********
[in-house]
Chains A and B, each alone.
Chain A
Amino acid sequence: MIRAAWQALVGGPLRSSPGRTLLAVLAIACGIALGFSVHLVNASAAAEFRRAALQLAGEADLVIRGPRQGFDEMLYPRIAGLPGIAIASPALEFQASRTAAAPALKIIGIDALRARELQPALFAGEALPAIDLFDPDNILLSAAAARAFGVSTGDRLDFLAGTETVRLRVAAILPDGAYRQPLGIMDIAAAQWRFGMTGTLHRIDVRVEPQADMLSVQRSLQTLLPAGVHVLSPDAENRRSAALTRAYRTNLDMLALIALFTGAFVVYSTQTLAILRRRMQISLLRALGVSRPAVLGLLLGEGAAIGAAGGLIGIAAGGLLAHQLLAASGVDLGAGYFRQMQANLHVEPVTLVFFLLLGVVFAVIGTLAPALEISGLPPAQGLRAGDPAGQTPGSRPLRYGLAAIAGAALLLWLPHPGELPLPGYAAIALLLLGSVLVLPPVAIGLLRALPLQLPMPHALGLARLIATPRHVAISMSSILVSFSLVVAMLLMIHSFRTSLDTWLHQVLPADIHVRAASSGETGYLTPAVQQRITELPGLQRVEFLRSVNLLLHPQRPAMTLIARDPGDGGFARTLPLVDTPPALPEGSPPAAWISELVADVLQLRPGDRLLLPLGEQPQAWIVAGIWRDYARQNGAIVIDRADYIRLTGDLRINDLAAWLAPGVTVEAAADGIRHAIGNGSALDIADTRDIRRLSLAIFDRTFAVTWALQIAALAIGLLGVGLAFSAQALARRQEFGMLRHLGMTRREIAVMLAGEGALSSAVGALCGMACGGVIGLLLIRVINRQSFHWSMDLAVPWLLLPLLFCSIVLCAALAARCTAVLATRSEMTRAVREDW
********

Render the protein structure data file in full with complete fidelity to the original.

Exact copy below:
[in-house]
Chains A and B, each alone.
Chain A
Amino acid sequence: MIRAAWQALVGGPLRSSPGRTLLAVLAIACGIALGFSVHLVNASAAAEFRRAALQLAGEADLVIRGPRQGFDEMLYPRIAGLPGIAIASPALEFQASRTAAAPALKIIGIDALRARELQPALFAGEALPAIDLFDPDNILLSAAAARAFGVSTGDRLDFLAGTETVRLRVAAILPDGAYRQPLGIMDIAAAQWRFGMTGTLHRIDVRVEPQADMLSVQRSLQTLLPAGVHVLSPDAENRRSAALTRAYRTNLDMLALIALFTGAFVVYSTQTLAILRRRMQISLLRALGVSRPAVLGLLLGEGAAIGAAGGLIGIAAGGLLAHQLLAASGVDLGAGYFRQMQANLHVEPVTLVFFLLLGVVFAVIGTLAPALEISGLPPAQGLRAGDPAGQTPGSRPLRYGLAAIAGAALLLWLPHPGELPLPGYAAIALLLLGSVLVLPPVAIGLLRALPLQLPMPHALGLARLIATPRHVAISMSSILVSFSLVVAMLLMIHSFRTSLDTWLHQVLPADIHVRAASSGETGYLTPAVQQRITELPGLQRVEFLRSVNLLLHPQRPAMTLIARDPGDGGFARTLPLVDTPPALPEGSPPAAWISELVADVLQLRPGDRLLLPLGEQPQAWIVAGIWRDYARQNGAIVIDRADYIRLTGDLRINDLAAWLAPGVTVEAAADGIRHAIGNGSALDIADTRDIRRLSLAIFDRTFAVTWALQIAALAIGLLGVGLAFSAQALARRQEFGMLRHLGMTRREIAVMLAGEGALSSAVGALCGMACGGVIGLLLIRVINRQSFHWSMDLAVPWLLLPLLFCSIVLCAALAARCTAVLATRSEMTRAVREDW